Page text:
The goal with her second album, The Love I’m In, was to try to keep it sounding as live as possible. “I like it a little bit earthy, a bit more organic. Most of it was recorded off the floor, and we kept some of the flaws in there,” Reid says. “For me, it’s such a communicative ensemble experience, I think it’s important to capture what is happening. Once you start altering the experience—perhaps the intent, the vibe and the feel—they aren’t going to be true.”
The Love I’m In was released in April, and has been getting airplay in several major US cities. Sales are reflecting strong international attention. Reid is quick to attribute this to the authenticity of the recording. “I really do feel that there is more intimacy,” she says, adding, “and more me, more of who I am. In addition to taking a little bit more risk, hopefully, I’m showing the soft underbelly on this album.”
Through her day job and her artistic pursuits, Reid has fully immersed herself in the world of jazz. Her husband, Steve Reid of Locals 47 and 802 (New York City), is a trumpeter who has played in numerous bands and orchestras of various musical styles. The two have recorded together, and Steve once joined his wife for a summer in Japan. “I think I get just as nervous playing with him as I do anybody else,” she laughs. “Not because he’s harsh or anything, I just think music is so deserving of our best.”
“When we play, there is a level of comfort, and we know each other’s style so well that it’s a lot of fun. We try to play off each other, and when you play six nights in a row, obviously you become even more familiar,” Reid explains. “But the responsibility is to the music. There’s an element of ‘put up or shut up,’ so that it doesn’t really matter who you’re playing with.”
It was Reid’s husband, an AFM member since 1997, who encouraged her to join the union. “I wish that I had joined a lot earlier,” she laments. “I don’t know why I didn’t. Joining the union centralizes your focus and lets you meet the musicians who make up your community. Certainly, it’s a place to learn what’s happening, not just in L.A., but all over. If you’re new to a city, and there’s a lot of opportunity, and you don’t know which way to go, it’s really helpful,” says Reid, speaking from experience. “The support I have gotten from the union has been a great help. I feel connected to it. I just don’t know how big my voice is. I guess that’s the concern for all of us, ‘How big is my voice?’ Can we actually make change, and where is the opportunity to make that change?”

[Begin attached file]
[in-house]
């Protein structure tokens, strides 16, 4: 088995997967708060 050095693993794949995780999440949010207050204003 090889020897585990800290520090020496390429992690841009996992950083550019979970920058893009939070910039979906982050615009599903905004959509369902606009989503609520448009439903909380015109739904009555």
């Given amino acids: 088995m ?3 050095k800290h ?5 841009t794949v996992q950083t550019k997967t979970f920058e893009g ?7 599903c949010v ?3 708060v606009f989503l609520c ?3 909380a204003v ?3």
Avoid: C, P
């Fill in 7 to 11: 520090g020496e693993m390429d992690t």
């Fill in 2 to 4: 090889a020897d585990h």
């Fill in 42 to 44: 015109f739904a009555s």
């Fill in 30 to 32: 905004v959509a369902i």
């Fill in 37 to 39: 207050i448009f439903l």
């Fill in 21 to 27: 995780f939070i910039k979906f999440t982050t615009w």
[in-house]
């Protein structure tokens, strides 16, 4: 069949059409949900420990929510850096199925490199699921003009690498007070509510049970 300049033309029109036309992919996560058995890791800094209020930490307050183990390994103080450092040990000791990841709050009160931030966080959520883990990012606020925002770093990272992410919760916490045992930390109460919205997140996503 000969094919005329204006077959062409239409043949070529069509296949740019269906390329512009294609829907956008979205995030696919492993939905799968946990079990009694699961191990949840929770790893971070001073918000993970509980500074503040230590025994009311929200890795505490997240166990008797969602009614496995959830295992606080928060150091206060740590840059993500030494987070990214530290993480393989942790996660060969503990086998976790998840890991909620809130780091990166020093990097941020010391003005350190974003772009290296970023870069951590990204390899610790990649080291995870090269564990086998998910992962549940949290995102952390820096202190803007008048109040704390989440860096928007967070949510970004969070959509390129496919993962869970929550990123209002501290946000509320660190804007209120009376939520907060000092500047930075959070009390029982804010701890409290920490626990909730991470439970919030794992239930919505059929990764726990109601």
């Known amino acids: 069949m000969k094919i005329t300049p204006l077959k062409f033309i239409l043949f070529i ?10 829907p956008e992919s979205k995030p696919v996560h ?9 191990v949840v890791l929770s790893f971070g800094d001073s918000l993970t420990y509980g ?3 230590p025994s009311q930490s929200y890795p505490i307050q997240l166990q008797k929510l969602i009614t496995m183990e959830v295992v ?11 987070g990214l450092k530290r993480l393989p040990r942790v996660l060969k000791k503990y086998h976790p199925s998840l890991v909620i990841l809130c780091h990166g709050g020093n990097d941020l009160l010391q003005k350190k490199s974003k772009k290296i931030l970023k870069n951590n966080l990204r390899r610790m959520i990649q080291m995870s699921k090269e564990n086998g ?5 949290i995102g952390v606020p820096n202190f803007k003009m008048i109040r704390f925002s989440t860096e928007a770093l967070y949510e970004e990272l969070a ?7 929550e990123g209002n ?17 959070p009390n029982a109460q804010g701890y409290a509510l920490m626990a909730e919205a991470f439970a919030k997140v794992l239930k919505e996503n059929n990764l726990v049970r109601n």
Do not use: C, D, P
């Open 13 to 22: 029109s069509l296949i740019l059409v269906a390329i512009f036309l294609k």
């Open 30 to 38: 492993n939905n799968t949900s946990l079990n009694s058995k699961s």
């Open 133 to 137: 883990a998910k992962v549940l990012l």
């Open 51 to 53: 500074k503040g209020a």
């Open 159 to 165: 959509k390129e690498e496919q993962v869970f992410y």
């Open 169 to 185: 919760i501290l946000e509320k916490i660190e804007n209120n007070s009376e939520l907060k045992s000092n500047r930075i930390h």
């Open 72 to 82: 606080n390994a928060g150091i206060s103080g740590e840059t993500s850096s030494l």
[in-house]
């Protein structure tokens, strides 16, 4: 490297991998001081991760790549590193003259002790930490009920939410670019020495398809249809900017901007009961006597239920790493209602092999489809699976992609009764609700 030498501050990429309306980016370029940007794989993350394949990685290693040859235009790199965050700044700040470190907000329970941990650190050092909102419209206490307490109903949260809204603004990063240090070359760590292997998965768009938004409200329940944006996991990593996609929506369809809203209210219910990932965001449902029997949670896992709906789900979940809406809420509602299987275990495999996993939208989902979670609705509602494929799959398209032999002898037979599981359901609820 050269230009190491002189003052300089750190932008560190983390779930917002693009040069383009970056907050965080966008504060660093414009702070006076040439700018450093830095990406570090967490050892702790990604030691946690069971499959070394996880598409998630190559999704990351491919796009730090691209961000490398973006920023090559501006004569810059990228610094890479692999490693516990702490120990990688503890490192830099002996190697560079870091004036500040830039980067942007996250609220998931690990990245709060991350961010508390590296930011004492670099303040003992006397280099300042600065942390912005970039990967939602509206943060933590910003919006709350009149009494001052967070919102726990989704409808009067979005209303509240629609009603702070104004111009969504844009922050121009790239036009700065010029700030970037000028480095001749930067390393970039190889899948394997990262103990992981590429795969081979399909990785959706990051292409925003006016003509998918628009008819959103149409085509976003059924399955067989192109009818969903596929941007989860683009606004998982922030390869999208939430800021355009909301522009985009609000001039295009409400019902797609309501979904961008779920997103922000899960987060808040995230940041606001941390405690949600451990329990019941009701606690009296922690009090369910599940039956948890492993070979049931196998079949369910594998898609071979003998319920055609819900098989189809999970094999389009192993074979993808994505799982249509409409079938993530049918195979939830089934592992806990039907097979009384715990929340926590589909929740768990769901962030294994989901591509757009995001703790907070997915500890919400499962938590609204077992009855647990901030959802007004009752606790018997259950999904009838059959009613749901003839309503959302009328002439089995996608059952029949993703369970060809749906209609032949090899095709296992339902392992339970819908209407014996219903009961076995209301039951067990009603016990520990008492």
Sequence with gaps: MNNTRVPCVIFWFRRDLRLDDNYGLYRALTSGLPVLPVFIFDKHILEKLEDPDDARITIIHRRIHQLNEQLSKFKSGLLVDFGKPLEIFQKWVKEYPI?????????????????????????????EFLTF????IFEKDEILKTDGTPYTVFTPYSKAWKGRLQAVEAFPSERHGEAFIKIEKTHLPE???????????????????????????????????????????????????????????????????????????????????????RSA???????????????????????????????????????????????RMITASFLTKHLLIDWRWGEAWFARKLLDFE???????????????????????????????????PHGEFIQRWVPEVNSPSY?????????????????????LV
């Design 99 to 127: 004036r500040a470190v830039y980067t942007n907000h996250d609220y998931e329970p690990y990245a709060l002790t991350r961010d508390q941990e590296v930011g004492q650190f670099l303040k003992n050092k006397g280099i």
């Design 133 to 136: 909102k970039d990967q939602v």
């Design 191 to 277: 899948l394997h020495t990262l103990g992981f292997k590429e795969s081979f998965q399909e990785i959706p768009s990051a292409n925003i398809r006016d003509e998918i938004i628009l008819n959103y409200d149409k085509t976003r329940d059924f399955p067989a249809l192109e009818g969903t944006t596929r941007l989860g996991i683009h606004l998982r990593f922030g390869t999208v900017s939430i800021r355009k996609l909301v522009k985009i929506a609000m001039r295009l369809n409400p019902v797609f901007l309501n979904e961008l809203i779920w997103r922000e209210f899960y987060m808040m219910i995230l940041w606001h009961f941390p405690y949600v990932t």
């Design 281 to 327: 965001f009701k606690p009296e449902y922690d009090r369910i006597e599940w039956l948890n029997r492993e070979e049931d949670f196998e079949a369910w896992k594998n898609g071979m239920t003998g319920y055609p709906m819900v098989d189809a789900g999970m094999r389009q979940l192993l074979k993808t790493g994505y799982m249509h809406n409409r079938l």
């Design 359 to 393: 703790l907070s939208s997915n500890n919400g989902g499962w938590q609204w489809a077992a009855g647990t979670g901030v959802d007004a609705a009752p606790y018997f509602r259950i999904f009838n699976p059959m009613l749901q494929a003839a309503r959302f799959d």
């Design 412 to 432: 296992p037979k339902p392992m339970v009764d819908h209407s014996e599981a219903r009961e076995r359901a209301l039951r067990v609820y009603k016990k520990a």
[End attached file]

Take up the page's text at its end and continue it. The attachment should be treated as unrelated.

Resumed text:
Having lived in numerous cities, Reid appreciates the laid-back lifestyle of many Southern Californians, and considers jazz an appropriate style of music for the locale. “It really does suit the atmosphere,” she says. “Every city has its own flavor, and it’s great to be exposed to them. Miami has more of a Latin flair. When we lived in New York, I didn’t really have the opportunity to gig as much as I would have liked. I was working 8:00 a.m. to 5:00 p.m., riding trains everywhere, and trying to get to jam sessions.” The hustle-and-bustle lifestyle of New Yorkers, while not ideal, did develop Reid further as a musician. “It’s helpful, living in cities that are different musically, socially, and economically,” she says.
Reid continues to add to her experiences gigging in different geographic locations, with early 2012 shows in Louisville and at the West Coast Jazz Party in Newport Beach, California. “I feel like I’m at a crossroads at the moment,” she says, “because there are so many opportunities. Airplay for The Love I’m In has brought a lot my way, in terms of gigs.” She’s currently thinking about writing original songs (a topic that has come up often lately), and is considering the possibility of recording a live album. “It’s time to do more writing and showcase that side of me. I’m open to whatever comes, but I do feel that change is in the wind. It’s exciting to see what’s around the corner.” She is also thinking about opening up her sound by recording with a 10-piece band, but is hesitant, saying, “The intimacy changes drastically.”
“I’m trying to figure out what the next step will be, but there’s no guide for that,” Reid says. “When you spend so much time on the gestation period of an album, it’s hard to think of doing another after you’ve just finished one.”